• You may also edit the configuration (Edit mode). The syntax should be somewhat obvious.

V9t9 will keep track of various combinations of detected controllers, but may not migrate settings from e.g. controller A if you run with controllers A and B the next time.

Whatever edits you make in the Interactive or Edit modes applies only for the specific controller setup active when you run V9t9.

See ~/.v9t9j/config and ControllerConfig and Joystick1Config and Joystick2Config for details if you want to copy settings between controller configurations without doing this by hand.

Emulating with host keyboard

V9t9 can use the keyboard’s numeric keypad as “joystick #1” (and also “joystick #2” if you enjoy a difficult challenge).

Press Scroll Lock to toggle between modes.

By default the numeric keypad is used for ASCII numbers or 99/4A keyboard arrows (whatever Num Lock indicates). You’ll see a notification to the lower-right telling you the current mode.

When you see “Using numpad for joystick #1 (shift for #2)”, you can use the numeric keypad.


4   5   6      fire = 'Enter', '+', or '-'   reset = 5 (in case something's stuck)


If you need to emulate “joystick #2”, hold down Shift. (I told you it’d be a challenge.)

Standard keyboard mappings

99/4A programs usually support keyboard-only setups:

Player 1:


S       D      fire = Q


Player 2:


J       K      fire = Y



Please see this page for details.


I’ve been working on this in various forms since 1992, when I started working on the idea in Turbo Pascal as “tiemul.pas” in the computer lab, and once crashed the computer’s server when I ran it there without permission.

That next summer, I started rewriting the emulator in assembly for DOS and soon made the emulator into a product: “TI Emulator!” (yes, with the exclamation point). It was my first venture into the world of business – and copyright infringement. (I had been shipping ROMs around, and TI reminded me that I should have a license agreement and be paying royalties.)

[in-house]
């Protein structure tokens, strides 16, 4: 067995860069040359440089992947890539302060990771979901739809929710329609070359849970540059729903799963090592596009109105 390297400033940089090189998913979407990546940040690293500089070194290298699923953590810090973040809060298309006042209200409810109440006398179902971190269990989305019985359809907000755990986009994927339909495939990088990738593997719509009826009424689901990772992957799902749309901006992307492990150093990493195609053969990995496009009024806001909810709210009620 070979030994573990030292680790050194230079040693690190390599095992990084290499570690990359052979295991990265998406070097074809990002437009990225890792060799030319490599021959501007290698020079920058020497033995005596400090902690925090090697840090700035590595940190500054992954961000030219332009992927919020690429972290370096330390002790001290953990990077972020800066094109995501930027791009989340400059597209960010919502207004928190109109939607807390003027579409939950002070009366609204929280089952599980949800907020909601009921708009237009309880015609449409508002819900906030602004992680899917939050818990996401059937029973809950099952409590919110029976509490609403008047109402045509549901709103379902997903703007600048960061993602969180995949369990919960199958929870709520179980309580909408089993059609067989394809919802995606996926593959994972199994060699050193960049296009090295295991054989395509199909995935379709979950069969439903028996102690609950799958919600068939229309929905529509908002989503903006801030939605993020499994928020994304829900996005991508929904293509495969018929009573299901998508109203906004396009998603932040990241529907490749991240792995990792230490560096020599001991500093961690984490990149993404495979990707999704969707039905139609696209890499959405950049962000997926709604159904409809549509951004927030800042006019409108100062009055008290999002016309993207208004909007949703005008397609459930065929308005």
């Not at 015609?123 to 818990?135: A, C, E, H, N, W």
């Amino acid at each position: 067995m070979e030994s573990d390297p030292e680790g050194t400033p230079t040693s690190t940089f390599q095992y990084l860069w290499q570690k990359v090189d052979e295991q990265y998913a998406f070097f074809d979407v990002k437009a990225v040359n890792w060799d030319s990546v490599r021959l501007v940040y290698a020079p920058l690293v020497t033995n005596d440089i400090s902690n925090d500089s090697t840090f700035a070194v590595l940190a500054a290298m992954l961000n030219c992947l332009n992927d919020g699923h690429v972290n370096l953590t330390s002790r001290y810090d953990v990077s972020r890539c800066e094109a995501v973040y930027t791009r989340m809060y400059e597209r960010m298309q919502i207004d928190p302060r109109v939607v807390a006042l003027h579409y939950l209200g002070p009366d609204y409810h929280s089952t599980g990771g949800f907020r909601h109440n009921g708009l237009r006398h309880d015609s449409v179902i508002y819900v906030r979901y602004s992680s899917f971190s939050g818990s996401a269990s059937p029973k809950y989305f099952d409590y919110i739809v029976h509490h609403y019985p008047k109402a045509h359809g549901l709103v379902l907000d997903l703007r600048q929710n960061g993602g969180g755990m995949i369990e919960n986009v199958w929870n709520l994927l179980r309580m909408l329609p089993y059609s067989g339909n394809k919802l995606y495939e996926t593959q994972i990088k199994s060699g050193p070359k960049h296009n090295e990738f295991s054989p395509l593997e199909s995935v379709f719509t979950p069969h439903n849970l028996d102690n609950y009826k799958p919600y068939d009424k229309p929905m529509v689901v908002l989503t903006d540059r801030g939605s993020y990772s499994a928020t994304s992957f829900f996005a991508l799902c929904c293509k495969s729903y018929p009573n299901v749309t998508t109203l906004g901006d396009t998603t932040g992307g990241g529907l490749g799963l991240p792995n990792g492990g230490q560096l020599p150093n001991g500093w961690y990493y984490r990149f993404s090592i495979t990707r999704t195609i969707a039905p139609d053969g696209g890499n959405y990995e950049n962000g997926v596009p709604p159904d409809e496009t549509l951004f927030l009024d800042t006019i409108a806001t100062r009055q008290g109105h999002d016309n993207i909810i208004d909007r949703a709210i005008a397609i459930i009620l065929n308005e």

This was an exciting time, interacting with people all over the world through letters and emails. A loyal user suggested the name “V9t9” and the product was renamed and a few more versions were released.

I got several requests to support then-current custom hardware for the aging TI-99/4A, but unfortunately was not experienced enough to infer the operation of hardware without having it in person, so those efforts never got off the ground.

A few years later, I moved from DOS to Linux and started porting V9t9 to C. This project was exciting, since it involved making the thing portable and capable of supporting multiple kinds of graphics, sound, and input APIs. This port never really saw the light of day (it was a bit way too geeky for the average user to understand, and only built against GNU C in Linux and Metrowerks Codewarrior in Windows).

Many years later, I started porting V9t9 to Java in 2005. The Java port was originally quite nastily ported directly from the C port, and I’ve been gradually rewriting chunks in a proper object oriented format ever since.

I would be remiss not to mention the driving motivation for continuing to work on the emulator at all in the 2000’s, after my original TI-99/4A became mostly unusable (no access to a TV or monitor with RCA connectors, for example) – Thierry Nouspikel’s excellent compendium of technical data, The TI-99/4A Tech Pages.
I have gone back to this site again and again over the years to refine my understanding of hardware I’ve not used in years.


Please see this page for advanced usage and configuration.


The V9t9 Java codebase is licensed under EPL v1.0, with the exception that no commercial redistribution is allowed.

This software includes content licensed under EPL v1.0; code from the Base64 library;
Vlad Roubtsov’s HRTimer library; LWJGL utilities from Kevin Glass and Brian Matzon; and the various packages from Apache Commons.